Depending on our needs, you may need to speak slower or move to a quieter place or write or type back and forth. If you know some sign language and the person is a native or fluent signer, don’t be afraid to use it. It shows that you are making an effort. When a deaf person participates in a group conversation, it’s really important to include them. Don’t say words like: “Never mind”, “It wasn’t important”, or “I’ll tell you later”.
Deafness is not a black and white issue. It’s not either you can hear or not. Deafness really ranges along a continuum from mild to moderate to profound hearing loss. People have a variety of communication needs and abilities. I cover that in detail in my workshops on deaf awareness.
Now, I want to talk about websites. When people think about accessibility on websites for deaf and hard of hearing people, they think “video captioning.” That is one of the issues. But I also want to mention another issue that many people don’t know about.
Online forms as you see listed here. You’re thinking, what’s wrong with that? There’s a phone number field and it’s requiring me to fill it out. Obviously we can’t hear on the phone. Some people can speak on the phone, but they may have a hard time hearing you.
There are different types of relay services in the USA that allow us to communicate with people on the phone through a third-party operator which is great but there are some drawbacks. Many of us prefer to communicate directly through email, text, instant messaging, online chats, and video calls. Because it’s 2019! Pretty much everybody is texting and using online chat.
The internet and smartphones equalized communication between deaf and hearing people. Many of us can communicate with each other via text or video. Smartphones are based on universal design, they benefit everyone.
It’s not only us deaf people who benefit from texting. More hearing people are preferring to use text instead of phone calls, especially millennials. One piece of research stated that if the phone number was required, the less people would be willing to fill out online forms. So if you leave the phone field as optional, the number of people signing up would increase and your business would improve the conversion rate.
So I advise you to offer more options for your customers to contact you such as via email, texting, instant messaging, online chats, and video calls. Please don’t limit yourself and your customers to contact you via phone only. Also, consider hiring deaf people for call center positions so that deaf customers who use sign language can communicate with them directly via video.
Now I want to talk about how to approach different events. When I’m talking about events, that can be any type of opportunity to engage with deaf people. It could be a one-on-one conversation, a group conversation, a classroom, a business meeting setting, a small event, or a large-scale event.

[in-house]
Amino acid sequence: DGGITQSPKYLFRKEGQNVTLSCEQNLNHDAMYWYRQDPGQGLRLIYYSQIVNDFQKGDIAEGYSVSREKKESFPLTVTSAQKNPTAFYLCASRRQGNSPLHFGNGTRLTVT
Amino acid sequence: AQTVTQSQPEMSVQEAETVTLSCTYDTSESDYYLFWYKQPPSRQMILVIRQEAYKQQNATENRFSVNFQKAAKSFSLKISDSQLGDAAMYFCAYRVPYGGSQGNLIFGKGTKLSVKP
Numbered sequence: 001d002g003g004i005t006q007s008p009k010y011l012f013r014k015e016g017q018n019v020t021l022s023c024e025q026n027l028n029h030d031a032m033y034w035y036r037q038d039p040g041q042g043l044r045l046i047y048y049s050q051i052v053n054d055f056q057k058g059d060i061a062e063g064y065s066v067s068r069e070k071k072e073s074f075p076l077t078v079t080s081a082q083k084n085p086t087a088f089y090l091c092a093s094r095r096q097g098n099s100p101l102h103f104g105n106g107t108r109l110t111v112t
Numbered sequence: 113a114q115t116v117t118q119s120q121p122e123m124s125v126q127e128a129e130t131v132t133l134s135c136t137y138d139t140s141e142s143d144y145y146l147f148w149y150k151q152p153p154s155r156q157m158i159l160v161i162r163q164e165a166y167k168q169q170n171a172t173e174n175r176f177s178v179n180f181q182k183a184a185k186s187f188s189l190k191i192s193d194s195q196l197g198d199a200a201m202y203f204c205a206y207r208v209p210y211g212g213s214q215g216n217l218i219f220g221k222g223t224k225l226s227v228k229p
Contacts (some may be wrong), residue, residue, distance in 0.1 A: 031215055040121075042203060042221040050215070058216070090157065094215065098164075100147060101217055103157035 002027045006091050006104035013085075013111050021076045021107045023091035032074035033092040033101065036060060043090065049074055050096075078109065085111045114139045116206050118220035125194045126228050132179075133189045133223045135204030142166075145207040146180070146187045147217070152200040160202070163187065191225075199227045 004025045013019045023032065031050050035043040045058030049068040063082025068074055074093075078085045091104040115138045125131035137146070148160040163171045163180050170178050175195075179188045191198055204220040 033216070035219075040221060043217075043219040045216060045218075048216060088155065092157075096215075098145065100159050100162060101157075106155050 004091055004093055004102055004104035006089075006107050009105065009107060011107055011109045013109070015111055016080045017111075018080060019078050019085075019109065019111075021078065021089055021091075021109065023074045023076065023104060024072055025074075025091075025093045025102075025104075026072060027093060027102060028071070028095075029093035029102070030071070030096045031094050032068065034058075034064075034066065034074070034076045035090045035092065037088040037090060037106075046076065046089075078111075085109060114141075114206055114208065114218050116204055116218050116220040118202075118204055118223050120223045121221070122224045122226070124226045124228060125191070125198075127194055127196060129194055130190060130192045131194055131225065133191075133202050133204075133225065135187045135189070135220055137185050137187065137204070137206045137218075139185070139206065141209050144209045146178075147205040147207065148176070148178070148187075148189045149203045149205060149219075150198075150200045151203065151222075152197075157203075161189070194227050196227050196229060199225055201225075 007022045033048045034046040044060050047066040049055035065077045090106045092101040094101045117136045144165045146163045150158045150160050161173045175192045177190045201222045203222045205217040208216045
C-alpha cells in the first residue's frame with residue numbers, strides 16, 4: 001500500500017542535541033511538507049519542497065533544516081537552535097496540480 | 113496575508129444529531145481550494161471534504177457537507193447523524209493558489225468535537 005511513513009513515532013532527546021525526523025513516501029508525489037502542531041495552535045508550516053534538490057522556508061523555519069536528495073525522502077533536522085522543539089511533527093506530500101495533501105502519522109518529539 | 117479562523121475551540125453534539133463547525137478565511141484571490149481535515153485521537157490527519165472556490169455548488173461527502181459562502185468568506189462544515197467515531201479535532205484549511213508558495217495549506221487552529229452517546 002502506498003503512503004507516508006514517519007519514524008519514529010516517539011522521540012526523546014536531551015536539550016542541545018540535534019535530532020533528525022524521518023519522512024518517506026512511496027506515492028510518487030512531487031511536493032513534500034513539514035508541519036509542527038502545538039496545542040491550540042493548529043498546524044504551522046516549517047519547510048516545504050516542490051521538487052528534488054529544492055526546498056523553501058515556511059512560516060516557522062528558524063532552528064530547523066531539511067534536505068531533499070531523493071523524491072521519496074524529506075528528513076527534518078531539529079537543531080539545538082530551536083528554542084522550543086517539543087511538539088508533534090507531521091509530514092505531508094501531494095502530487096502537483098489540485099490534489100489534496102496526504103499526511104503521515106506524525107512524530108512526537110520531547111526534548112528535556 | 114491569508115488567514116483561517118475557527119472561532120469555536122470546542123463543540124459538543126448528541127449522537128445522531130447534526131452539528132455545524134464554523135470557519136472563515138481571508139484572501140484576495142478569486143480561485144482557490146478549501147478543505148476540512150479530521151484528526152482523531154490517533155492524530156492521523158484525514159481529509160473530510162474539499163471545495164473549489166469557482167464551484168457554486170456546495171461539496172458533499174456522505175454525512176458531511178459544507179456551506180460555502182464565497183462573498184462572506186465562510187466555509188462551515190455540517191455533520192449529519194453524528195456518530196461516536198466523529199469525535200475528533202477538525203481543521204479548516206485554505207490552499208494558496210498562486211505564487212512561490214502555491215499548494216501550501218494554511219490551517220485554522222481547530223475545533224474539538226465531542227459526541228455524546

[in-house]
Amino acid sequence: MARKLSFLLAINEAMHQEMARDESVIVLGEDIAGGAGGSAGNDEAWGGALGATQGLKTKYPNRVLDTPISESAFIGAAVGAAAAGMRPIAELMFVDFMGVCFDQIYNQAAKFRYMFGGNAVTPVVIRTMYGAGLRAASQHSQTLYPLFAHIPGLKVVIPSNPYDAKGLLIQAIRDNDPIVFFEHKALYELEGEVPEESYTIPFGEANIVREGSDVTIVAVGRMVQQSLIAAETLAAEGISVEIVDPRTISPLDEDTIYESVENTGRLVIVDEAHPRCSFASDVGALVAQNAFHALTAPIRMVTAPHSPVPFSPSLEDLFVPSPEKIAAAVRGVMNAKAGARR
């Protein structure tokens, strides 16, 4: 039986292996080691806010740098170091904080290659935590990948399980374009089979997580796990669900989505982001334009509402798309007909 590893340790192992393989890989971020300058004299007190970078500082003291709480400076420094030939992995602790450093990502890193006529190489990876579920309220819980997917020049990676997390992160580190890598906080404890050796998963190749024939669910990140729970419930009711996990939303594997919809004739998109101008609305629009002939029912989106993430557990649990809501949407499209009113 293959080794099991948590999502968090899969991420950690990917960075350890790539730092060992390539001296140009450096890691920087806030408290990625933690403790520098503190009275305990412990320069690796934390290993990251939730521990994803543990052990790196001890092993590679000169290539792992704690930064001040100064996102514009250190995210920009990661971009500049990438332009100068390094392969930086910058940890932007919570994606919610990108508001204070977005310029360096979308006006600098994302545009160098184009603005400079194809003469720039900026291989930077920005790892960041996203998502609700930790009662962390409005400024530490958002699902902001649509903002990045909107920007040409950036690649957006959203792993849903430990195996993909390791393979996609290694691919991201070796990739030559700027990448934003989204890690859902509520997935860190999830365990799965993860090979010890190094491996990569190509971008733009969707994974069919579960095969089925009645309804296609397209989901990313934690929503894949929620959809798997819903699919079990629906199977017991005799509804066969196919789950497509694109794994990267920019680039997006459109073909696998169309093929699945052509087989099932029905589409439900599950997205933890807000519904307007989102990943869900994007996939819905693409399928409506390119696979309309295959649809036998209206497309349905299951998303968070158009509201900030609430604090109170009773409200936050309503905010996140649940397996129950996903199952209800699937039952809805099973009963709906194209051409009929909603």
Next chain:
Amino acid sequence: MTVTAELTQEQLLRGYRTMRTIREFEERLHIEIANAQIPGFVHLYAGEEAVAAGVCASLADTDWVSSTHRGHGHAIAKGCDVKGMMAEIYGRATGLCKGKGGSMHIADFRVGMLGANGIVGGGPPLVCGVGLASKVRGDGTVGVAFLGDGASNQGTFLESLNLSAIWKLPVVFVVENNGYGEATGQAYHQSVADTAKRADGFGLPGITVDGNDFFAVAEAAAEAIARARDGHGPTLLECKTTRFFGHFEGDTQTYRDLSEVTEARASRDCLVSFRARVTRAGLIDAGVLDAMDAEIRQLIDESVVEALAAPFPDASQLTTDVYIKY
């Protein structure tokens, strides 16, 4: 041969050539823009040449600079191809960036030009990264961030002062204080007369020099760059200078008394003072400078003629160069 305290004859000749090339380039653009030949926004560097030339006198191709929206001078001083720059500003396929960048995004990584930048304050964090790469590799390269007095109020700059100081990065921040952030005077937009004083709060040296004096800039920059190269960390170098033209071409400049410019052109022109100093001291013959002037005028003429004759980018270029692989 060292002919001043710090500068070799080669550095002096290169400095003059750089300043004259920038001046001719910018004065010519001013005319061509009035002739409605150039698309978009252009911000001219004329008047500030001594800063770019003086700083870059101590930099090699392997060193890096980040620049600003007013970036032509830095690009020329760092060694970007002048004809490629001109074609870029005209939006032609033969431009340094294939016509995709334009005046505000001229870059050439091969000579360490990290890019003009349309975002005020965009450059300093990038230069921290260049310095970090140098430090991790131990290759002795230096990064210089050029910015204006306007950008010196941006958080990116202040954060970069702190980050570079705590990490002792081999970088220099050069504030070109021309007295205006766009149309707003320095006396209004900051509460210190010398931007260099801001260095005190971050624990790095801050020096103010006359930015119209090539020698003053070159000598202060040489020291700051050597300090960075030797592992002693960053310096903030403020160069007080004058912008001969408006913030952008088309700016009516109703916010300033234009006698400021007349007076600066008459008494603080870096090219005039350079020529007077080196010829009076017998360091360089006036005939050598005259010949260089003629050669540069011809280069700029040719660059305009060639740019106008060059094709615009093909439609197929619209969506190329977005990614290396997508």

While I enjoy attending events that are accessible to me, there are many others that are not, including diversity and inclusion events! That’s frustrating.
For example, here is a message I received from an event organizer after I made a request for interpreters: “We are committed to making our events as accessible to as many members as possible. However, this event is just a networking mixer and will not have a formal presentation. I do not foresee a need for interpreters at this particular event. I do hope that you can join us.”
Sadly, that happens very often. We face a lot of resistance from event organizers. The organizer mentioned in the example said it’s just an informal event, but it is business networking event, which is different than a gathering of family and friends. I could communicate via typing on my phone, but it’s not as effective as having communication through a sign language interpreter. I also wanted to mention that when I got this response, it came from a president of a local organization who is female! We’re both women. I was disappointed that she dismissed me and my needs as a woman who is deaf. It’s not for her to decide if I need interpreters or not.
People with disabilities make up the largest minority group, but unfortunately they are the most often overlooked. They are often excluded from diversity and inclusion issues. It’s not enough for us to just be accepted – we need our accommodations to be met in order to be on an equal footing with others.
I often receive comments from people saying, “Hey, you’re the first deaf person who’s ever asked for communication access, I’ve never had this before.”
I want to mention that for many people deafness carries a tremendous stigma. Many people don’t want to disclose their hearing loss and are often in a state of denial about it, especially those who become deaf as adults. So, to ask for communication needs, a person with hearing loss will perceive that as a bad thing or make them feel that they are weak or stupid. They will not ask for accessibility and will just try to fit in as much as possible. Trust me, many of you may have already met a deaf or hard of hearing person but haven’t realized it, because deafness is an invisible disability. There are also many people, regardless of the cause of their deafness or communication preferences, who are not aware of their rights or are afraid of speaking up or just tired of fighting for access.